What's the Problem?

 
 

Social and environmental ambitions

Over the past 50 years, the world has seen huge growth and, as a result, an unprecedented deterioration of the natural resources needed to fuel this growth. This has become known as The Great Acceleration as we have entered a new age, the Anthropocene.

It shouldn't be a surprise to learn that there are limits or Planetary Boundaries to this growth. At present, humans are using the equivalent of 1.6 planets to provide the resources necessary to produce goods and absorb waste. If we carry on like this, by the 2030s we will need the equivalent of 2 Earths to support human life. Something has to change - we cannot continue to go overdrawn on our natural capital

 Our home, seen from space: it’s the only one we’ve got and its resources are finite. It’s time for new thinking about how we manage our relationship with the planet

Our home, seen from space: it’s the only one we’ve got and its resources are finite. It’s time for new thinking about how we manage our relationship with the planet

These boundaries serve as an early-warning system, allowing us to act before a crisis level is reached. Business as usual is not an option - we need to transform the way we live, the way we consume the Earth's resources, and the way we do business!

Sustainable development is the only way forward, with an economy that is both regenerative and distributive.

 
 The Sustainable Development Goals (SDGs) are a new, universal set of goals, targets and indicators that UN member states will be expected to use to frame their agendas and political policies to 2030. The SDGs are part of a breakthrough global agreement called the 2030 Agenda, adopted at the United Nations on 26th September 2015. Its purpose: to transform the world.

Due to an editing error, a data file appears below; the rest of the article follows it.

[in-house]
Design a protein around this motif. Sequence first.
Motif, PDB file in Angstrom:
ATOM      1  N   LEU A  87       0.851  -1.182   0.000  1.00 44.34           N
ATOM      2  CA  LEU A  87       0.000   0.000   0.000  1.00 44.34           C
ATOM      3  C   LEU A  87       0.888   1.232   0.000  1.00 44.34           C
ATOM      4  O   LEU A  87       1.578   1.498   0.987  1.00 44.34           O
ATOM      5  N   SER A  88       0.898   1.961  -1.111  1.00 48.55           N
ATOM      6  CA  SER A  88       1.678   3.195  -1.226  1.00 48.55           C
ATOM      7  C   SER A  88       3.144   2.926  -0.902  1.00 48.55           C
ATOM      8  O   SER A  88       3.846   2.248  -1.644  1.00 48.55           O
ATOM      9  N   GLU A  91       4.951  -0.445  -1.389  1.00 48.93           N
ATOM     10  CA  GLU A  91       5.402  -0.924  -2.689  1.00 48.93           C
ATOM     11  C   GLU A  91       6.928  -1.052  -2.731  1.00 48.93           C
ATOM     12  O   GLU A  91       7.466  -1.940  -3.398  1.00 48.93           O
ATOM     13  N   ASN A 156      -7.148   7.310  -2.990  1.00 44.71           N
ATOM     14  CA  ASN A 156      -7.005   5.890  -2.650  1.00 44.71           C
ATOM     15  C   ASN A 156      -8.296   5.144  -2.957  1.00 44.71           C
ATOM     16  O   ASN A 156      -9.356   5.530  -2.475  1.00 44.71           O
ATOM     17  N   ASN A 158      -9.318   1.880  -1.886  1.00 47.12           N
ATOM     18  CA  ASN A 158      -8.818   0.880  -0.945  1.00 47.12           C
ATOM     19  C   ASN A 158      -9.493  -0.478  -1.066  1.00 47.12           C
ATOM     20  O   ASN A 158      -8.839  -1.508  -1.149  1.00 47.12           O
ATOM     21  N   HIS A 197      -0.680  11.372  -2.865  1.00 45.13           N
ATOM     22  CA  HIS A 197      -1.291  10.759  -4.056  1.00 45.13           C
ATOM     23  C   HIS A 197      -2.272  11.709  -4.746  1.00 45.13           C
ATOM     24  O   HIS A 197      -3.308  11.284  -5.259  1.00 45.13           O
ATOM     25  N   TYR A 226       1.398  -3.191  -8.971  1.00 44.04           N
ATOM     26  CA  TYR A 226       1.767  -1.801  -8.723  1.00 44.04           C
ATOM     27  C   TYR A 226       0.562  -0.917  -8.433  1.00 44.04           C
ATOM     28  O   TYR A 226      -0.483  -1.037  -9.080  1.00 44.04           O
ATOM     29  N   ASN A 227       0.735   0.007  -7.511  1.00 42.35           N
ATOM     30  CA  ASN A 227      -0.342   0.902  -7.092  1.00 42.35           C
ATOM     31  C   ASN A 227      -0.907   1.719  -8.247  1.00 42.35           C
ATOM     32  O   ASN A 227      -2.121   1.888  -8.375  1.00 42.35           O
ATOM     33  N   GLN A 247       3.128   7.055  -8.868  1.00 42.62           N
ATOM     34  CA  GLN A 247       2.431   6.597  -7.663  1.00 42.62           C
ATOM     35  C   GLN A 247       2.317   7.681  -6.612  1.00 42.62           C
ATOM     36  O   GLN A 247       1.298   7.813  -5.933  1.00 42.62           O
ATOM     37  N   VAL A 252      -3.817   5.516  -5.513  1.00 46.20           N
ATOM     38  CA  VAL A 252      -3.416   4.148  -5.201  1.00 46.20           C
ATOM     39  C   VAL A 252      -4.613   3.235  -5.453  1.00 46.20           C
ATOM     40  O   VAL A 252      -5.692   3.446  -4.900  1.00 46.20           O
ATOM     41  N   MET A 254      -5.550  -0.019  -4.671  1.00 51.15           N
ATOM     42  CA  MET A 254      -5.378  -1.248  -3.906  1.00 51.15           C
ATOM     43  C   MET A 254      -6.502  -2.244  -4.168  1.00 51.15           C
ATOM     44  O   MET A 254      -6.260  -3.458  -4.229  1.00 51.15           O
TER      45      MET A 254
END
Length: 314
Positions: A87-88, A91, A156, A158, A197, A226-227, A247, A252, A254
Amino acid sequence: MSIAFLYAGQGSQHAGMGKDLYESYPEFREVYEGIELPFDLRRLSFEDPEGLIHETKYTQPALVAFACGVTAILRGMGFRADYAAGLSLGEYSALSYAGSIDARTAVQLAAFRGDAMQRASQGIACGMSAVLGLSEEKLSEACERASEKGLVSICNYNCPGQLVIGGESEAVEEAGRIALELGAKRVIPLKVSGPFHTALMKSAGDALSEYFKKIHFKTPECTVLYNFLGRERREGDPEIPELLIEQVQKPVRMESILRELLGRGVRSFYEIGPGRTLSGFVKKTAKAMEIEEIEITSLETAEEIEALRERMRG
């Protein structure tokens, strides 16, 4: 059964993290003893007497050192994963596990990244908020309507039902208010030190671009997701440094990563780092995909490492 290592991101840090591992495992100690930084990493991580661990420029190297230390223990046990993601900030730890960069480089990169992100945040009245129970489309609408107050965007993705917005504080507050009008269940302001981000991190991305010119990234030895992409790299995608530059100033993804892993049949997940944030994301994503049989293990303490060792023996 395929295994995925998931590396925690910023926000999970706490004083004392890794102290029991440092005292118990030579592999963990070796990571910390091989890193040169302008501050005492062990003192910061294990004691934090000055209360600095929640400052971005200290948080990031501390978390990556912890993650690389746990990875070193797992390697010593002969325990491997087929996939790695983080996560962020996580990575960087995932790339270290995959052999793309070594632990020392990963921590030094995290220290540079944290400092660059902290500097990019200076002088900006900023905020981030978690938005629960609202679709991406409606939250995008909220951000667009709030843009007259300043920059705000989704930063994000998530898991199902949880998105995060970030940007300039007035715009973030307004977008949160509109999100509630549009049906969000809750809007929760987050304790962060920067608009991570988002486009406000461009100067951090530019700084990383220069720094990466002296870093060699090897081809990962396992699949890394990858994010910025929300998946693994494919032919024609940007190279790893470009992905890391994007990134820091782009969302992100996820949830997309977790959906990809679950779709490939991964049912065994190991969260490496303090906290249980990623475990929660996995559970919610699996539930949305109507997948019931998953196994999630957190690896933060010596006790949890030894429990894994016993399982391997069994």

The Sustainable Development Goals (SDGs) are a new, universal set of goals, targets and indicators that UN member states will be expected to use to frame their agendas and political policies to 2030. The SDGs are part of a breakthrough global agreement called the 2030 Agenda, adopted at the United Nations on 26th September 2015. Its purpose: to transform the world.

“The SDGs represent a once in a generation statement of direction for thew whole world, guiding the global agenda for the next decade and longer”
— Cambridge Institute for Sustainability Leadership (2015) Rewiring the Economy

Transforming the world seems a pretty daunting challenge. The seventeen Global Goals make it easier to understand. Fortunately, these can be condensed further into six themes:

  1. Basic Needs: Food, water, energy, shelter, sanitation, credit, communications, transport and health for all;

  2. Wellbeing: Enhanced health education, justice and equality of opportunity for all;

  3. Decent Work: Secure, socially inclusive jobs and working conditions for all;

  4. Resource Security: Preserve stocks of natural resources through efficient and circular use;

  5. Healthy Ecosystems: Maintain ecologically sound landscapes and seas for nature and people;

  6. Climate Stability:Limit Greenhouse Gas (GHG) levels to stabilise global temperature rise under 2 degrees Celsius.

Rewiring the Economy (CISL, 2015).

Making the SDGs real in our everyday lives is crucial to their uptake. Fortunately, those lovely folk at Futerra have done the job for us, creating the ‘Good Life Goals’. Watch the video for a great introduction.